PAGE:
How about this clause. Any religion started by just one person for obvious quest for power, money and especially sex, is a cult.

That would mean Scientology, Mormonism and the Branch Dividians are cults.

But that would also mean Islam is a cult too. Gosh durn it!
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written by lytrigian, January 31, 2012
written by Professor Wernstrom, January 31, 2012
The big issue with Scientology is that they have a special super-duper tax exemption that no other religion has.

No time to cite a source on that, I see. "Super-duper" is a legal term with which I am not familiar.


http://joshgerstein.blogspot.com/2008/12/jewish-parents-lose-again-in-15-year.html among many others.
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written by Dean_Fox, February 01, 2012
With respect to the church of scientology, it is the example the demonstrates the need to change the rules on tax exemption for religions.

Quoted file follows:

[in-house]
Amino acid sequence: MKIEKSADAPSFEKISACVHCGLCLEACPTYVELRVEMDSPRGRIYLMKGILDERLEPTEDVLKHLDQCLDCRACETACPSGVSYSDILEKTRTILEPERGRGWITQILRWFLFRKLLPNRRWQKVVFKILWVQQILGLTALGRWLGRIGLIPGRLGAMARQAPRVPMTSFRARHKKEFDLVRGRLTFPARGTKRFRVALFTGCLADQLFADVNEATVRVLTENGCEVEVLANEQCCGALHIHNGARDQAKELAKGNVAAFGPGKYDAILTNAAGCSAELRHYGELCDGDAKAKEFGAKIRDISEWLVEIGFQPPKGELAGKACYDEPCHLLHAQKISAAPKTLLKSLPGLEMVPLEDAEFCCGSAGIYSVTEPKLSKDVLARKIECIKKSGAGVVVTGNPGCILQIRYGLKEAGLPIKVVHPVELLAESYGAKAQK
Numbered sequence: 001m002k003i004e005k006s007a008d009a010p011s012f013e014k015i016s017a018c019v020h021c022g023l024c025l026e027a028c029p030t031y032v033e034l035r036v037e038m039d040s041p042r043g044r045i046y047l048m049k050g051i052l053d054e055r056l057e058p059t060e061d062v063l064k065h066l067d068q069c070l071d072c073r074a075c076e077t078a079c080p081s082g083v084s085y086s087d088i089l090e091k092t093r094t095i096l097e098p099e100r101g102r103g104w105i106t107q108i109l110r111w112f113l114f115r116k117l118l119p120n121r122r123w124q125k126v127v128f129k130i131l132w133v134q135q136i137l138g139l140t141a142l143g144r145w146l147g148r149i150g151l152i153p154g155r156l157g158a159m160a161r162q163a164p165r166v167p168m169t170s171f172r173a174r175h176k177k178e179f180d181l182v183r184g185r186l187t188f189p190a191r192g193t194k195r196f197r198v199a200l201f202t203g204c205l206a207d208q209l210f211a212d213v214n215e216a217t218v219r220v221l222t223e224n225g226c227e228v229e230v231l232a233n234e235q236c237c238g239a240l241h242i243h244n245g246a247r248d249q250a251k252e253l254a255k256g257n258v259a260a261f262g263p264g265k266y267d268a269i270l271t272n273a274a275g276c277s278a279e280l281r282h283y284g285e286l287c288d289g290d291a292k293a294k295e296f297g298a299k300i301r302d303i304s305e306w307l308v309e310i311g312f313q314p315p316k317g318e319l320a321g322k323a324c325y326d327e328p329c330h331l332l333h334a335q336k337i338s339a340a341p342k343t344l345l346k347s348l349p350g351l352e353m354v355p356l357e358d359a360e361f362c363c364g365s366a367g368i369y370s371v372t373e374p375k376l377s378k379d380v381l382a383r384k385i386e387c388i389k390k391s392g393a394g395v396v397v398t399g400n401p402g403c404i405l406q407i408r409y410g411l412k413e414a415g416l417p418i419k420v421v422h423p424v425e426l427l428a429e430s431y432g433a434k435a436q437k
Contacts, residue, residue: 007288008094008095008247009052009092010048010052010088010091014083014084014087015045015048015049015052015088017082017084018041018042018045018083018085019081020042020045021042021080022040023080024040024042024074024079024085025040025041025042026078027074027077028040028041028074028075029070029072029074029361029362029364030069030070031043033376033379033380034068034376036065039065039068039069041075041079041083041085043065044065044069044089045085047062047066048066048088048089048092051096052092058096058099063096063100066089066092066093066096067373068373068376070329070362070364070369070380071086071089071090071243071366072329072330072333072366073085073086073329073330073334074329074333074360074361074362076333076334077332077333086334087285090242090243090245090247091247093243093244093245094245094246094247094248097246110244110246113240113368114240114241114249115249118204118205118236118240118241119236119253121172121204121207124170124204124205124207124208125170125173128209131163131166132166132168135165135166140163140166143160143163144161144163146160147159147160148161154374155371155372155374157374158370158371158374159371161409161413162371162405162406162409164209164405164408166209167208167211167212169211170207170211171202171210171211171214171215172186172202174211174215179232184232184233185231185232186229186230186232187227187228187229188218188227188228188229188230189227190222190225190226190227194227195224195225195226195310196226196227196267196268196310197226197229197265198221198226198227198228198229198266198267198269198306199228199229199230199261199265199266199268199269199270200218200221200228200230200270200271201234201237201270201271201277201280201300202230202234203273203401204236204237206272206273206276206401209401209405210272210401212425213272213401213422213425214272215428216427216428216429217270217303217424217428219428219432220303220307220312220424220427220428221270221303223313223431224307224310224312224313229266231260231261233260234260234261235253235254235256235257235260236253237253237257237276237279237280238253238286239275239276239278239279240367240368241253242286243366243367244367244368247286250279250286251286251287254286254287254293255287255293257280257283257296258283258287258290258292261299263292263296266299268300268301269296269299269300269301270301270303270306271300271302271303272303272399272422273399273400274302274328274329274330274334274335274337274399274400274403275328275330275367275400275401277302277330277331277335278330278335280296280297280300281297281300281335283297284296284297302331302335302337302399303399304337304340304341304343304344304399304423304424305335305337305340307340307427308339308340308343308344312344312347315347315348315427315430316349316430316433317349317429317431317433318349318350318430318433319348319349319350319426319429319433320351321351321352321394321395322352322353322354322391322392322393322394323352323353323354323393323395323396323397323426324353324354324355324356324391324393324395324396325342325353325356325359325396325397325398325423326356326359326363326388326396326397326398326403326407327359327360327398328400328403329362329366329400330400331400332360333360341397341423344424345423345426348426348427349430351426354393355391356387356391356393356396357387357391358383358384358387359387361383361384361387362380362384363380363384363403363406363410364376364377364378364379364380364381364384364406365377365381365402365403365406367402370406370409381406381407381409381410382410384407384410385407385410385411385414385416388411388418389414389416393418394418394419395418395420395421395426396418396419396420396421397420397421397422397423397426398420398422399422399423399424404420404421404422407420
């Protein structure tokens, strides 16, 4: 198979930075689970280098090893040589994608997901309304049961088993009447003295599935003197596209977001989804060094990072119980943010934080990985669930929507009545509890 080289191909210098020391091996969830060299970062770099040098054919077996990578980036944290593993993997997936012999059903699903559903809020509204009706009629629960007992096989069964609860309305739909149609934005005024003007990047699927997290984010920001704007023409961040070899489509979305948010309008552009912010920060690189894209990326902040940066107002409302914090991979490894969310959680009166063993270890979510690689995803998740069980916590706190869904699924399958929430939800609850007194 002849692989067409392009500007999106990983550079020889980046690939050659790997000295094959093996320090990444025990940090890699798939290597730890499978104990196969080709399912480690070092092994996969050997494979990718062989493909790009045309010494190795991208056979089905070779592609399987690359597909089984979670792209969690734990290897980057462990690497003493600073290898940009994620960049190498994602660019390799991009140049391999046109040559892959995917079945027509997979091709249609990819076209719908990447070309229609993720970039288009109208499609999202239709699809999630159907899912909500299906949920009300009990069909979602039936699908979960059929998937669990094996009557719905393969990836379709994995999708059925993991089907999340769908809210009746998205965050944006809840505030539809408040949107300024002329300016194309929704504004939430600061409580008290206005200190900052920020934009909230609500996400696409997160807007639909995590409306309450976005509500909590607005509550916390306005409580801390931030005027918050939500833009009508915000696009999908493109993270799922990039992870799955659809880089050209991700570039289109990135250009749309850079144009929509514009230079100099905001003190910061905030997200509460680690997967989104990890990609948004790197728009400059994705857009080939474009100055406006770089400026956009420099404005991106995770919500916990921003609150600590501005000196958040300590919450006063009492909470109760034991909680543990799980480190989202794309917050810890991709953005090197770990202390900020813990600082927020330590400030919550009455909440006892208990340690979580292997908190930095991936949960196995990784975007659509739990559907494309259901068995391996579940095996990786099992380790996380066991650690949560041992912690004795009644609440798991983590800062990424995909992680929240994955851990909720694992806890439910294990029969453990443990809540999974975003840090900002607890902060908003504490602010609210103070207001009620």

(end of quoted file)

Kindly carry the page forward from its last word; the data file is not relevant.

Scientology is just another half baked belief. The problems aren't with the beliefs they are with the organisation built around them, namely the church of scientology.

Like any other religion scientology is a mixture of common sense ideals, bizarre pseudo-logic, pseudo-moralistic potentially dangerous ideology, good old fashioned snake oil and a hefty dose of mythology.

Like any other religion it is open to interpretation now that L Ron Hubbard is dead.

At present there are 3 possibly 4 groups of scientologists. They are: fanatical scientologists, independent scientologists, ex-scientologists and public scientologists.

The fanatical scientologists are the true believers in David Miscavige. They follow David Miscavige and his dictates as to how scientology is to be interpreted. These people are true followers, they need to be directed, they are loyal to a fault and see this as their greatest strength. They need to belong to the group and yearn acceptence at any cost.